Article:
Squares in Paris

By GREG COOK  |  June 21, 2006

THREE SISTERS: A STUDY IN JUNE SUNLIGHT: Edmund Tarbell’s 1890 canvas is incredibly uptight for all its Impressionist trappings.
But most American artists didn’t get Impressionism. Edmund Tarbell returned from studying in Paris to paint three women sitting in his sunny Dorchester garden, but the 1890 canvas is incredibly uptight for all its Impressionist trappings. The same goes for his Salem pal Frank W. Benson’s 1907 painting of his daughter Eleanor at his summer retreat in Maine. Dorchester native Childe Hassam summered in Maine seeking landscapes similar to Monet’s French coast. A 1917 canvas is his Impressionist take on a New York street festooned with flags to celebrate America’s entry into World War I. It could have been ordered up by the chamber of commerce — and it’s an outright knockoff of an 1870s Monet.

French Impressionists broke scenes down to their elements of color and light. They explored mood and optics as well as middle-class life. Americans just grafted the Impressionists’ pretty surfaces onto the sculptural solidity of the Academy. What’s lost is apparent if you venture through the gift shop at the end of the exhibit and into the MFA’s French Impressionist gallery, where the inventiveness on view makes the Americans seem primly Victorian.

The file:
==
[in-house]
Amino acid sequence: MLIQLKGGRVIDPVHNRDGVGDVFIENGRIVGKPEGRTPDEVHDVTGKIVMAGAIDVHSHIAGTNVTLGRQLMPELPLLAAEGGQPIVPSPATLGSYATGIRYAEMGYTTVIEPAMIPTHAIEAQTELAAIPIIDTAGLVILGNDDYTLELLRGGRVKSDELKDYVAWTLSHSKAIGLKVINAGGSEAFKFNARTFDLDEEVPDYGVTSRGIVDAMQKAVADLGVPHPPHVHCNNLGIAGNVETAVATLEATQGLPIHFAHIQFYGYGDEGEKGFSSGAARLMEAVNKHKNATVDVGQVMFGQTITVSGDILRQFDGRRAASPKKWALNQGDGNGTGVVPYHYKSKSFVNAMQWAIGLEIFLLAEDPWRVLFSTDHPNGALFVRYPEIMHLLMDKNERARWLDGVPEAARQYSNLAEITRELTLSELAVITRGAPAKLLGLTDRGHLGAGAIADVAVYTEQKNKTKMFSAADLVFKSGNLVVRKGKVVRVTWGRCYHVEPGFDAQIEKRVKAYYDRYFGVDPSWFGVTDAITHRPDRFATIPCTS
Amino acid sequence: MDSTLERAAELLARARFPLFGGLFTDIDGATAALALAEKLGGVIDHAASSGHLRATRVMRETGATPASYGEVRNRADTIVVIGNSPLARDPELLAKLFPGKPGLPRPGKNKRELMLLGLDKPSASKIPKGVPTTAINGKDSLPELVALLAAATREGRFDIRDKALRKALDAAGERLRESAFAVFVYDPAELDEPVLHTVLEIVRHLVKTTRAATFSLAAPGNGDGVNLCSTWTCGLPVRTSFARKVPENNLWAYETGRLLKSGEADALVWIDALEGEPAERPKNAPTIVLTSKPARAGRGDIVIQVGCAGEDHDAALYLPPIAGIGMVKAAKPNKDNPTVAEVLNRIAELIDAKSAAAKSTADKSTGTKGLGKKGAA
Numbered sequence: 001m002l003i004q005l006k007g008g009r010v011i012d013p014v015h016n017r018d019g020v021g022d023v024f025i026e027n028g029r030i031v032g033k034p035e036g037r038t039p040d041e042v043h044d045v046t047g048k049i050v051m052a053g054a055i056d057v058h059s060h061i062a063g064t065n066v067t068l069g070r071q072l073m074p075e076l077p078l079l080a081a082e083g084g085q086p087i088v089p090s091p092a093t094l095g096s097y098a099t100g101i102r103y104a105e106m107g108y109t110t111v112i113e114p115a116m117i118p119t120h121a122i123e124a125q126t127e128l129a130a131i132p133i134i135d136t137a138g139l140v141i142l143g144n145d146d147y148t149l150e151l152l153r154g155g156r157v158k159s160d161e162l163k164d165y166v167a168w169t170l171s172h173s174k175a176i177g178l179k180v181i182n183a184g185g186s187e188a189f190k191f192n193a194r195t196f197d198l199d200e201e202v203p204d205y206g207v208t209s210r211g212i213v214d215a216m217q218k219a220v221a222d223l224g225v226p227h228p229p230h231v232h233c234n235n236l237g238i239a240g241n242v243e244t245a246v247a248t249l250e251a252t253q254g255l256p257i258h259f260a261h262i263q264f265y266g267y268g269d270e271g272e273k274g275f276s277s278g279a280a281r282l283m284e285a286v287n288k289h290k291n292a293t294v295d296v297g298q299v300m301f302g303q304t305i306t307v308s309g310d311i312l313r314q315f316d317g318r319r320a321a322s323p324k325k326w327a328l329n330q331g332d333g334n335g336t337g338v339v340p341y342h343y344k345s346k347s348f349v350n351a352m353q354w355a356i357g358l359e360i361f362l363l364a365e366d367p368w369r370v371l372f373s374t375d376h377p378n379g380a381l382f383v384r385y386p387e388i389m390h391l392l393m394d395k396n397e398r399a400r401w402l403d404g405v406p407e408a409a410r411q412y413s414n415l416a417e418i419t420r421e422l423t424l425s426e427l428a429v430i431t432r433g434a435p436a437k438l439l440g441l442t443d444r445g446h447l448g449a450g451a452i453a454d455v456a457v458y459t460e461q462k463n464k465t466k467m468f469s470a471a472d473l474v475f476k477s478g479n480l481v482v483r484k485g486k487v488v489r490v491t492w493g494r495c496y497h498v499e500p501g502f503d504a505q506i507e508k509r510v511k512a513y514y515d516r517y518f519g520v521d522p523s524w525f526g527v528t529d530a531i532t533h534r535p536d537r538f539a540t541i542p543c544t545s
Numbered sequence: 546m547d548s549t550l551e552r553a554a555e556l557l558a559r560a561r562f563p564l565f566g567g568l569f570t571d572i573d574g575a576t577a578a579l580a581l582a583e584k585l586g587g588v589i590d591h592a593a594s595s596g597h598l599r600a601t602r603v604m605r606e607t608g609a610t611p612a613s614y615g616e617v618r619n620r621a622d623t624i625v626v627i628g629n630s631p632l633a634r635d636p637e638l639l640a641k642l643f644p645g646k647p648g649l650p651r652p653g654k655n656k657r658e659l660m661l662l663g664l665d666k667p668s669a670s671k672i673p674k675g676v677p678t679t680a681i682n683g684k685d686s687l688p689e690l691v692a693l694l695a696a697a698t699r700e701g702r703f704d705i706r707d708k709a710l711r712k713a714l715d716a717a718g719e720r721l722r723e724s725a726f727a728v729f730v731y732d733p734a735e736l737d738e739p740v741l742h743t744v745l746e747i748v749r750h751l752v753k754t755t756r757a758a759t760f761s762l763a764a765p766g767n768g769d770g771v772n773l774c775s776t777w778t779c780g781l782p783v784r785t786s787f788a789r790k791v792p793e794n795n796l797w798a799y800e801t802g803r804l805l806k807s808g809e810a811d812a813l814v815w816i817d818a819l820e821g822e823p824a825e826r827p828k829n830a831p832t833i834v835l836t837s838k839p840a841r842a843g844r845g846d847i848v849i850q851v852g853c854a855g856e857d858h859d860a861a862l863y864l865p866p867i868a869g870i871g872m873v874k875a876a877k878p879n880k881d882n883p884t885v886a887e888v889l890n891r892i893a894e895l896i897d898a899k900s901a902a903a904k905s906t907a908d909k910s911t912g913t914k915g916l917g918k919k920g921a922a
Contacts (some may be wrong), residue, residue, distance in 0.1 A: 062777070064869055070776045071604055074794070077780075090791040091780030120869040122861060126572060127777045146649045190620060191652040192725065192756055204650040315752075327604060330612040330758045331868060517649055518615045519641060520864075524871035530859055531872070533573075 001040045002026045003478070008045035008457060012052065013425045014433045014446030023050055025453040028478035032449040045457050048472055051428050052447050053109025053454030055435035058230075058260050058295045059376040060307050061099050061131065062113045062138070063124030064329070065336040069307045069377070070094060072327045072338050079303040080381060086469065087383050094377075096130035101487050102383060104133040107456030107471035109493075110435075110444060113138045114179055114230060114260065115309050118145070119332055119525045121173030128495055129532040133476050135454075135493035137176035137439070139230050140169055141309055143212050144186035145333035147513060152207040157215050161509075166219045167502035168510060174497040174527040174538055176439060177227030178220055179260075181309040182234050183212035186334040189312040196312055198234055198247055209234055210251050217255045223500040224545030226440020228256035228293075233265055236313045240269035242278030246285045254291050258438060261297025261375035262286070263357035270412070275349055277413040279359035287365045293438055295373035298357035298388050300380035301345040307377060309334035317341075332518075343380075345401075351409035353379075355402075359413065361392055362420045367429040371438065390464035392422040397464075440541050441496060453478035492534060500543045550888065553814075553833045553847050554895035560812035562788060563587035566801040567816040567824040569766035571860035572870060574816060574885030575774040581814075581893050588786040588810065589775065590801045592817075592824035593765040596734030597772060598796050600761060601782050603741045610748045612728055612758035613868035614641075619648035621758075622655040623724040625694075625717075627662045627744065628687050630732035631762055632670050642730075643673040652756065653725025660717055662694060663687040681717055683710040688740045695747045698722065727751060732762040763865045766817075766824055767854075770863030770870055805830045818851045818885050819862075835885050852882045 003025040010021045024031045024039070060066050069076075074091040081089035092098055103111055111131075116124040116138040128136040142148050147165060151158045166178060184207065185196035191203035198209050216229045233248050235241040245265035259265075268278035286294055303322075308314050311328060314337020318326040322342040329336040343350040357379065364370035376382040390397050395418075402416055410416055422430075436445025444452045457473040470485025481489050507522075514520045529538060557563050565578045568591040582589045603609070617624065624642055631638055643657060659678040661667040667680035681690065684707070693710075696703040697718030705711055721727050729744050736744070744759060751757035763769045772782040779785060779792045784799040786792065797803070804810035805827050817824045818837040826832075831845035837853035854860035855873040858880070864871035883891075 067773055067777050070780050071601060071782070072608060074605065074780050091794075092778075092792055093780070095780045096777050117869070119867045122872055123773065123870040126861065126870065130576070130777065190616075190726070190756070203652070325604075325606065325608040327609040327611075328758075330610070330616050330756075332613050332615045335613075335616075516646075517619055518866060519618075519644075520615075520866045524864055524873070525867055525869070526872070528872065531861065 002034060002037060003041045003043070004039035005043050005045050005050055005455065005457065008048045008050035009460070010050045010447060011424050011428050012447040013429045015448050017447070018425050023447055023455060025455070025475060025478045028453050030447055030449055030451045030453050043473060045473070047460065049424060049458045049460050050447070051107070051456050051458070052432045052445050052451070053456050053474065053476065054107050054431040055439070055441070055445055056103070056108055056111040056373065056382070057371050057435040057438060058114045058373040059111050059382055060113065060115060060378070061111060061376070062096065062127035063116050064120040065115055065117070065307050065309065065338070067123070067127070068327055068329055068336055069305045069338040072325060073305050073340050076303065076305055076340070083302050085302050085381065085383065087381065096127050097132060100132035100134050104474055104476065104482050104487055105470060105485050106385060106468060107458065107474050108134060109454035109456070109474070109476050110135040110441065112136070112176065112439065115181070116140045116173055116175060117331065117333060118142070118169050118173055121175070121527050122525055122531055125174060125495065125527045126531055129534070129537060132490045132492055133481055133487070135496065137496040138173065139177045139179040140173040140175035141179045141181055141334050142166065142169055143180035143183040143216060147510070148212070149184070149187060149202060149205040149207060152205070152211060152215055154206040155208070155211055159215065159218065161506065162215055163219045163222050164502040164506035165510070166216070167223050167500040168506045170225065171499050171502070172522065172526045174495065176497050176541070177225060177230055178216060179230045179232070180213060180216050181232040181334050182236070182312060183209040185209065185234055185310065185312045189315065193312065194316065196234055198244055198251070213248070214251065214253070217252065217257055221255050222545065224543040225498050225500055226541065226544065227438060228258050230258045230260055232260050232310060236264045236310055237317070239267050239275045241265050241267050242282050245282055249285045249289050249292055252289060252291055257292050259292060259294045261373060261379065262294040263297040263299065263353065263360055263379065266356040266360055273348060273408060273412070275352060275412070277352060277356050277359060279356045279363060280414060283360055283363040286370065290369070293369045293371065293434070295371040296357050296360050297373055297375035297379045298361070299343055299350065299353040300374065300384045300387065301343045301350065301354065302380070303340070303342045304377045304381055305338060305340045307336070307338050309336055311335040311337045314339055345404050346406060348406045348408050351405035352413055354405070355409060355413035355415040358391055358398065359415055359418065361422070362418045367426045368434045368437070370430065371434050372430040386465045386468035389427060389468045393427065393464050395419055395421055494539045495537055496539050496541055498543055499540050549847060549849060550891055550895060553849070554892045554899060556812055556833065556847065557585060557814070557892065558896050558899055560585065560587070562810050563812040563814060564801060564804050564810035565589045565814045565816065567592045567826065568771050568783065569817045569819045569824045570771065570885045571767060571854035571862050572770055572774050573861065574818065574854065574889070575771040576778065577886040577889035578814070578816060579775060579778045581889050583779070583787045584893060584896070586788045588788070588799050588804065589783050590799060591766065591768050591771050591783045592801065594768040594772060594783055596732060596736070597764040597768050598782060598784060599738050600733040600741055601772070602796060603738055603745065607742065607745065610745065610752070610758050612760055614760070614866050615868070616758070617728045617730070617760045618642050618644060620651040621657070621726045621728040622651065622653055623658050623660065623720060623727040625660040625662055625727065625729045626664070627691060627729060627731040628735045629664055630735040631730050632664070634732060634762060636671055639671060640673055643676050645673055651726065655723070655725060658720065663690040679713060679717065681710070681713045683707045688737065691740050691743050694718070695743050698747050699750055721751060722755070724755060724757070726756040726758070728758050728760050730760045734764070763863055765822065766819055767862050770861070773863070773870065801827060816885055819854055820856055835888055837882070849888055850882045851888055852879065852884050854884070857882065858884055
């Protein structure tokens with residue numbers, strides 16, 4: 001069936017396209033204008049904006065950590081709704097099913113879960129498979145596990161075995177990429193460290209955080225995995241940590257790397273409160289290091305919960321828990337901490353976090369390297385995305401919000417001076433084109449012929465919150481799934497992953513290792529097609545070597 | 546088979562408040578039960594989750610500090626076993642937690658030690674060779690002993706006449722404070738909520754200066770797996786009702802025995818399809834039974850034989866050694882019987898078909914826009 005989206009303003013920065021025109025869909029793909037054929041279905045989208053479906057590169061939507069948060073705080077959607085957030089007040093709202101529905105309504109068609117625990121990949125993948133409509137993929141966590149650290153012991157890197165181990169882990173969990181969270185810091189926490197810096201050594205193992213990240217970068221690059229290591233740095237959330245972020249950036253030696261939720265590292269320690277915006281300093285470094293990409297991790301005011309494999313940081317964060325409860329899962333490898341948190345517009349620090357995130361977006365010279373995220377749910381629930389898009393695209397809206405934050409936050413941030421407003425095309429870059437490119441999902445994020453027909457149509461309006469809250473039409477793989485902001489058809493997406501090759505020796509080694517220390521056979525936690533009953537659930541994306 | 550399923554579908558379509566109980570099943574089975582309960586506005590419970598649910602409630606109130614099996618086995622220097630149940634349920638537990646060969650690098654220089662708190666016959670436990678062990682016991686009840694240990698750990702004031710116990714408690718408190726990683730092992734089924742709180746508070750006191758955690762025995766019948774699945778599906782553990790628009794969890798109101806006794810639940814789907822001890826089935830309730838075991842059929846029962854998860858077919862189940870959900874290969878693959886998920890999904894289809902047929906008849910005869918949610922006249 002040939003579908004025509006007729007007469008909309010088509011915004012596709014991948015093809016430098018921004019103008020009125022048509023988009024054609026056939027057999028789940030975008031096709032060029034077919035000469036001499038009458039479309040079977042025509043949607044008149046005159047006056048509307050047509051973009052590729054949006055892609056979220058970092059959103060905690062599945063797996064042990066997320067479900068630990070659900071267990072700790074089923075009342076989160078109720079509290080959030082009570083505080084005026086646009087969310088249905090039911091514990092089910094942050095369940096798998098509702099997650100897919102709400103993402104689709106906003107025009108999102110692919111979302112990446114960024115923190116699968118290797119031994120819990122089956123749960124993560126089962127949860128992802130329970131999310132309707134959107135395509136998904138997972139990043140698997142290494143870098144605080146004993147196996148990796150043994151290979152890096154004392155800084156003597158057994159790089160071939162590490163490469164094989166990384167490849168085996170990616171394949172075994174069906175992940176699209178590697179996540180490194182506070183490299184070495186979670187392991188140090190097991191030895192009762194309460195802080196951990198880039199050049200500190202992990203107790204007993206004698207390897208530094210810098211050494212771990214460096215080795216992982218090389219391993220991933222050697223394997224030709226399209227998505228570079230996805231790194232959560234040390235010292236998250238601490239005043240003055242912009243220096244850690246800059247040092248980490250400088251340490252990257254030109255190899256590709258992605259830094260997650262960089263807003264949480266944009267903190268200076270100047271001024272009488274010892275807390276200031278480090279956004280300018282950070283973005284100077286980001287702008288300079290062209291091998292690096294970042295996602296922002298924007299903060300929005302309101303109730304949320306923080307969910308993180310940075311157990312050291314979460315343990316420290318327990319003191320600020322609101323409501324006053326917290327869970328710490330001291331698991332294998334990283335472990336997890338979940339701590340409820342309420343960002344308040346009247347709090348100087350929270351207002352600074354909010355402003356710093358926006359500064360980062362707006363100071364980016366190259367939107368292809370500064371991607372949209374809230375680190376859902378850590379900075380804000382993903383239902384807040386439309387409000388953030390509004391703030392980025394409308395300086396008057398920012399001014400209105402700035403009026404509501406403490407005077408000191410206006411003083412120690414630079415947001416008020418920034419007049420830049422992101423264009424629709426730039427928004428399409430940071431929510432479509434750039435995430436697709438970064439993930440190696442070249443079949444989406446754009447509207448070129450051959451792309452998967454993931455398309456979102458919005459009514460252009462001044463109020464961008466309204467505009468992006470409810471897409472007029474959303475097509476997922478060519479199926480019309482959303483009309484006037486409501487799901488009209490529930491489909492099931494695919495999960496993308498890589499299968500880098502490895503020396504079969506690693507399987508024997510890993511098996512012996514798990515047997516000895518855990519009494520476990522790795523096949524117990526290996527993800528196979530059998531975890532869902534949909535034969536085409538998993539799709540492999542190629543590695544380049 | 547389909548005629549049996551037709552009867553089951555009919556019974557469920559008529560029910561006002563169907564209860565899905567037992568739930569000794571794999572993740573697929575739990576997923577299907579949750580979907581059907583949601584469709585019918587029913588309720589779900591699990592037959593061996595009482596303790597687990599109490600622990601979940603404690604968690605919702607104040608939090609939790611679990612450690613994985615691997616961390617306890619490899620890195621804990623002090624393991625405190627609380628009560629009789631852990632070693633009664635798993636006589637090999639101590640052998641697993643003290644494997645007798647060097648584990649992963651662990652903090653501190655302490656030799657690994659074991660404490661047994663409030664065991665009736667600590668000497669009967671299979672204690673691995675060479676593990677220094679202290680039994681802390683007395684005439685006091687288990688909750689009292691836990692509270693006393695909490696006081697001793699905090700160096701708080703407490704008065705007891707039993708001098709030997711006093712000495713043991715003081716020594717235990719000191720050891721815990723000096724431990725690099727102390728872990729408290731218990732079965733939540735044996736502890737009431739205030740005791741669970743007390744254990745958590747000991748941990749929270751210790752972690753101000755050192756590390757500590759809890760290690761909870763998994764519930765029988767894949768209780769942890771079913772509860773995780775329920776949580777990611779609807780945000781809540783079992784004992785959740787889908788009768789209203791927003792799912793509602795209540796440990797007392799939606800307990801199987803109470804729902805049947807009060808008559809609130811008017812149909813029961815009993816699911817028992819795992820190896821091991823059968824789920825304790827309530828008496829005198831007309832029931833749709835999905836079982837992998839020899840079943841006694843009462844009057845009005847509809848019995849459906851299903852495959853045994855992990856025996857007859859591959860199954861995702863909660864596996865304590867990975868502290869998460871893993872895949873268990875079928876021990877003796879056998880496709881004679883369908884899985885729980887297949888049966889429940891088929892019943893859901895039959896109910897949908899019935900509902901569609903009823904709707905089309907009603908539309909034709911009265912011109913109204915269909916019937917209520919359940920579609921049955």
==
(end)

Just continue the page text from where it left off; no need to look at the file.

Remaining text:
It’s easy to say that the American Impressionists were reflecting a conservative American market, but Cassatt was busy developing an American clientele for French Impressionism. The æsthetic choices of Benson, Hassam, and Tarbell, on the other hand, reflect their empty-calories taste. And worse, Benson and Tarbell taught at Boston’s Museum School from 1889 to 1912, infecting a generation of students.

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